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Top Bank Officials On Trial for Tax Evasion

Offshore Account Update

Posted on November 25, 2014 |

Many U.S. investors have placed their trust in Swiss banks and bankers to maintain the strict secrecy standards that helped the banking industry in Switzerland to grow.  In Switzerland, tax evasion is not a criminal act (although tax fraud and money laundering are illegal).  Furthermore, the law and longstanding traditions make it a crime for Swiss bankers to disclose client names.

Unfortunately, in light of aggressive actions by the Department of Justice and the Internal Revenue Service in the United States, the long history of secrecy in Swiss banking is being undermined. U.S. officials are targeting bankers and financial professionals, and a recent article in Newsweek suggests that attention may be focused on some of the highest level executives at Swiss banks who have turned a blind eye or even helped facilitate U.S. citizens evading their tax obligations.  As bankers are prosecuted, some are turning over information and customer accounts could be provided to the Internal Revenue Service.

Those who have money offshore and who may not be in compliance with current IRS requirements have plenty of reason to be concerned about the crackdown on offshore banks. There are options for voluntary disclosure to minimize penalties and avoid criminal prosecution, but you need to talk to a Boston criminal tax lawyer before you decide on what actions are appropriate for you.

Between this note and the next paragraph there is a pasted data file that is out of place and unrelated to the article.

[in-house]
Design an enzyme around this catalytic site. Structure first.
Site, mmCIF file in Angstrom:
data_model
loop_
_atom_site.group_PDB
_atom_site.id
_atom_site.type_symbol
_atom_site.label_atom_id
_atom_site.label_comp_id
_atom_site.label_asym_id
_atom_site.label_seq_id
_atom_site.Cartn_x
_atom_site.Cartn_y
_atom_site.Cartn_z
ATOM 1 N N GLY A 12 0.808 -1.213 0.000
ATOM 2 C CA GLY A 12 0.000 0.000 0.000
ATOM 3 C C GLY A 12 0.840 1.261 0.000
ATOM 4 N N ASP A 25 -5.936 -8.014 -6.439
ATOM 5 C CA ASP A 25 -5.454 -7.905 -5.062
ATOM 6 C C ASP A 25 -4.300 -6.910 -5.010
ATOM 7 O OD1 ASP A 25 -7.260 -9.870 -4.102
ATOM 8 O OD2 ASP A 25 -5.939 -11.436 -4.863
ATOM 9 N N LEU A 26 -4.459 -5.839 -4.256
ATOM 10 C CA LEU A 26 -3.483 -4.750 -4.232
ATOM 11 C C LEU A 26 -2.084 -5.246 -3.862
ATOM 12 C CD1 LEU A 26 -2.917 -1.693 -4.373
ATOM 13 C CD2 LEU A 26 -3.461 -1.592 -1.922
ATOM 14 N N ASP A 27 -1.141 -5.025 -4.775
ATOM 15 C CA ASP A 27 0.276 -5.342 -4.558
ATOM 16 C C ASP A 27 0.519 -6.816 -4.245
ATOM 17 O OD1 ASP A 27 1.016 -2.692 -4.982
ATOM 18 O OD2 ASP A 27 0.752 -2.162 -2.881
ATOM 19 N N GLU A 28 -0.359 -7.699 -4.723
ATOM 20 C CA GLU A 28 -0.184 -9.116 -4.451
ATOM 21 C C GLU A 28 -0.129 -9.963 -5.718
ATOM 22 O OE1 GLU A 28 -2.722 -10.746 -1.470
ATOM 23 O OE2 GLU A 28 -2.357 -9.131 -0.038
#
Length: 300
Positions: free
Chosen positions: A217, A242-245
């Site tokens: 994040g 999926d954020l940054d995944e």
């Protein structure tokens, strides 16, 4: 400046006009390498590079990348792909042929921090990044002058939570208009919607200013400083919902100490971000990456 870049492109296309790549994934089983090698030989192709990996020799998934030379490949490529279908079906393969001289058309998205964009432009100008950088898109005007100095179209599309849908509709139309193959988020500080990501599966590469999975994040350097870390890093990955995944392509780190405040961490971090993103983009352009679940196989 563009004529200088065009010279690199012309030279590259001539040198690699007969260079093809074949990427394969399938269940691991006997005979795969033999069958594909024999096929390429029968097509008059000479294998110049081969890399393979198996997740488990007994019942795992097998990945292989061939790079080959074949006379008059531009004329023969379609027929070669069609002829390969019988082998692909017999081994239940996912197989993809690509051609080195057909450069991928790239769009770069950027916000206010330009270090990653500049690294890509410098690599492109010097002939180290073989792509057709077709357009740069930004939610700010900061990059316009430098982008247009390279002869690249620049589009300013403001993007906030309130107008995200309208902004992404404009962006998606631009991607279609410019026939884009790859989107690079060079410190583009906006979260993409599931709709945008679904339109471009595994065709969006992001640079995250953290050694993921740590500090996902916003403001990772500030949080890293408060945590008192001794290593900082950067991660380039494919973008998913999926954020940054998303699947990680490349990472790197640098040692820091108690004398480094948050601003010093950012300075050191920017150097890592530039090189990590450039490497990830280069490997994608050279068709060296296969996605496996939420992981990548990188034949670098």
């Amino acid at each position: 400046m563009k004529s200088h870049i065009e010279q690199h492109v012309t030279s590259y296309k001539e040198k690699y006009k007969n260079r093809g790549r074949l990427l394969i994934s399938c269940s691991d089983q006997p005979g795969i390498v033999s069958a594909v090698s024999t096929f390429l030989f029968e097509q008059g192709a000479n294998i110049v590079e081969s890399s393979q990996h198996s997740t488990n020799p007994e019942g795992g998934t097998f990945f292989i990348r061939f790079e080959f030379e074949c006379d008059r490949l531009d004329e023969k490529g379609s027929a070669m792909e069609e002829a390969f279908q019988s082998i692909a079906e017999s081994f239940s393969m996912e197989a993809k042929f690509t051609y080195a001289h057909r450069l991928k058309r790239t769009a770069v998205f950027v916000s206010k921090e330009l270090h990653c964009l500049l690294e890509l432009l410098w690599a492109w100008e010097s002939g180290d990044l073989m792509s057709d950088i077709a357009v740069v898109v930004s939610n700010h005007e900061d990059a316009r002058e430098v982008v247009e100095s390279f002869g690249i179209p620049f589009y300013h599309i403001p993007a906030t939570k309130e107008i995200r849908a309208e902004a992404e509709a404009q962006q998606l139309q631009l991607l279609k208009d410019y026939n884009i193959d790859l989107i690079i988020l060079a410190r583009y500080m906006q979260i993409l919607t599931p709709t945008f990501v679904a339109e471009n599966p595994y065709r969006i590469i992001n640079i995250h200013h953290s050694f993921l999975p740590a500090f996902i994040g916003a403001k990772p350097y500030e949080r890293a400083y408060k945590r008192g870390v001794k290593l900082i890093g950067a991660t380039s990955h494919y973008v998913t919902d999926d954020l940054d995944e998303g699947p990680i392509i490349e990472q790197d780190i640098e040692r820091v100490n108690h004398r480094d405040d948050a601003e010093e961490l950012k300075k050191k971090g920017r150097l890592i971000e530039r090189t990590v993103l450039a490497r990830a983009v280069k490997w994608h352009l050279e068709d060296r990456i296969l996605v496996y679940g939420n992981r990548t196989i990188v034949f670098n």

Those at the Top are Being Accused

Since 2007, more than three dozen foreign bankers, as well as around four dozen U.S. clients of American banks, have been prosecuted by U.S. authorities.  The Justice Department has also aggressively gone after banks.  In fact, a DOJ indictment led to the oldest private bank in Switzerland ceasing its operations.

The prosecutions extend into the highest levels of foreign Swiss banks. For example, the former head of UBS’s wealth management for the Americas was arrested, as was his boss.  When the former UBS wealth management head was arrested, he had a binder that he had made with PowerPoint presentations, emails and a host of other documents that demonstrated top-level bank executives were helping to make it possible for U.S. citizens to invest secretly and evade taxes. He was able to turn over this binder to U.S. officials in exchange for a deal that he would not be prosecuted. The binder is being used to provide information that U.S. authorities can use to go after other top executives.

While bankers may be in a difficult place since Swiss laws require them to keep quiet about clients, it is likely many more banks and bankers will be willing to turn over details about U.S. investors in order to avoid jail time. As a result, many investors who are afraid that their accounts will be reported to the government are taking a preemptive step by participating in voluntary disclosure programs.  More than 38,000 U.S. citizens who are Swiss bank clients have come forward and paid $5.5 billion in taxes on hidden assets.

If you are considering reporting your own offshore accounts, be sure to talk to a Boston criminal tax lawyer first so you can protect your financial interests and do everything possible to avoid criminal prosecution.

For a consultation, contact Kevin E. Thorn, Managing Partner, at ket@thornlawgroup.com or (617) 692-2989

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